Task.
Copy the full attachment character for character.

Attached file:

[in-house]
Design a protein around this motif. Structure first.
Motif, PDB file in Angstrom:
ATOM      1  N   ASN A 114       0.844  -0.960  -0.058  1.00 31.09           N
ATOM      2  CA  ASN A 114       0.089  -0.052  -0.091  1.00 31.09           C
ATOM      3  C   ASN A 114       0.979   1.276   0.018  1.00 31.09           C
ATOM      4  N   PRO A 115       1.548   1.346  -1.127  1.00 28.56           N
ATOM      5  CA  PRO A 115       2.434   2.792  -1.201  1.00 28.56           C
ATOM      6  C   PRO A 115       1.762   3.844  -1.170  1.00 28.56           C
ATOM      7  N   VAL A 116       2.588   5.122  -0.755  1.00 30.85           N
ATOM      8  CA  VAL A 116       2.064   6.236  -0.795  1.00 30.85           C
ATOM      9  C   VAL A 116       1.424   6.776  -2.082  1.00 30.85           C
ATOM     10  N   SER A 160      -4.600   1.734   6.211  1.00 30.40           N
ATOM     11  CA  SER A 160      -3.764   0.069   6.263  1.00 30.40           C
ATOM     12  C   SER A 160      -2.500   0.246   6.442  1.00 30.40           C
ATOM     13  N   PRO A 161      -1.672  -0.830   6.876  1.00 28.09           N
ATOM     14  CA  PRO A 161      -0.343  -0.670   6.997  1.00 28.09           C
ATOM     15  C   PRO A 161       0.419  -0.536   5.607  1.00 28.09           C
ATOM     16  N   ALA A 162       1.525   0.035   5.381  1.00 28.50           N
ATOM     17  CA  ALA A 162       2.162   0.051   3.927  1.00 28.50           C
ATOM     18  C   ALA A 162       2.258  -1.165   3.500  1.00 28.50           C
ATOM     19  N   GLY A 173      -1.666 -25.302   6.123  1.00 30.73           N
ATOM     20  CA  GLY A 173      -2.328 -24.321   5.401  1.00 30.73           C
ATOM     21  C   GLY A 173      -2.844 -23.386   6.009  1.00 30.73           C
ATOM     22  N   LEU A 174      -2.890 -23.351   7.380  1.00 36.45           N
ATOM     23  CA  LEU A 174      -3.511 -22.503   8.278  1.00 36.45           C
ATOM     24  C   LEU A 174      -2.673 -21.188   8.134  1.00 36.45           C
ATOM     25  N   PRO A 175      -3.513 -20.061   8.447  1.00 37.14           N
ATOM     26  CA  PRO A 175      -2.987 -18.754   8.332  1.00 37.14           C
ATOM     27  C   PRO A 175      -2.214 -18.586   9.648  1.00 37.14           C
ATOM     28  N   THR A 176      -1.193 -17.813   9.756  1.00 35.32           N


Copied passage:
[in-house]
Design a protein around this motif. Structure first.
Motif, PDB file in Angstrom:
ATOM      1  N   ASN A 114       0.844  -0.960  -0.058  1.00 31.09           N
ATOM      2  CA  ASN A 114       0.089  -0.052  -0.091  1.00 31.09           C
ATOM      3  C   ASN A 114       0.979   1.276   0.018  1.00 31.09           C
ATOM      4  N   PRO A 115       1.548   1.346  -1.127  1.00 28.56           N
ATOM      5  CA  PRO A 115       2.434   2.792  -1.201  1.00 28.56           C
ATOM      6  C   PRO A 115       1.762   3.844  -1.170  1.00 28.56           C
ATOM      7  N   VAL A 116       2.588   5.122  -0.755  1.00 30.85           N
ATOM      8  CA  VAL A 116       2.064   6.236  -0.795  1.00 30.85           C
ATOM      9  C   VAL A 116       1.424   6.776  -2.082  1.00 30.85           C
ATOM     10  N   SER A 160      -4.600   1.734   6.211  1.00 30.40           N
ATOM     11  CA  SER A 160      -3.764   0.069   6.263  1.00 30.40           C
ATOM     12  C   SER A 160      -2.500   0.246   6.442  1.00 30.40           C
ATOM     13  N   PRO A 161      -1.672  -0.830   6.876  1.00 28.09           N
ATOM     14  CA  PRO A 161      -0.343  -0.670   6.997  1.00 28.09           C
ATOM     15  C   PRO A 161       0.419  -0.536   5.607  1.00 28.09           C
ATOM     16  N   ALA A 162       1.525   0.035   5.381  1.00 28.50           N
ATOM     17  CA  ALA A 162       2.162   0.051   3.927  1.00 28.50           C
ATOM     18  C   ALA A 162       2.258  -1.165   3.500  1.00 28.50           C
ATOM     19  N   GLY A 173      -1.666 -25.302   6.123  1.00 30.73           N
ATOM     20  CA  GLY A 173      -2.328 -24.321   5.401  1.00 30.73           C
ATOM     21  C   GLY A 173      -2.844 -23.386   6.009  1.00 30.73           C
ATOM     22  N   LEU A 174      -2.890 -23.351   7.380  1.00 36.45           N
ATOM     23  CA  LEU A 174      -3.511 -22.503   8.278  1.00 36.45           C
ATOM     24  C   LEU A 174      -2.673 -21.188   8.134  1.00 36.45           C
ATOM     25  N   PRO A 175      -3.513 -20.061   8.447  1.00 37.14           N
ATOM     26  CA  PRO A 175      -2.987 -18.754   8.332  1.00 37.14           C
ATOM     27  C   PRO A 175      -2.214 -18.586   9.648  1.00 37.14           C
ATOM     28  N   THR A 176      -1.193 -17.813   9.756  1.00 35.32           N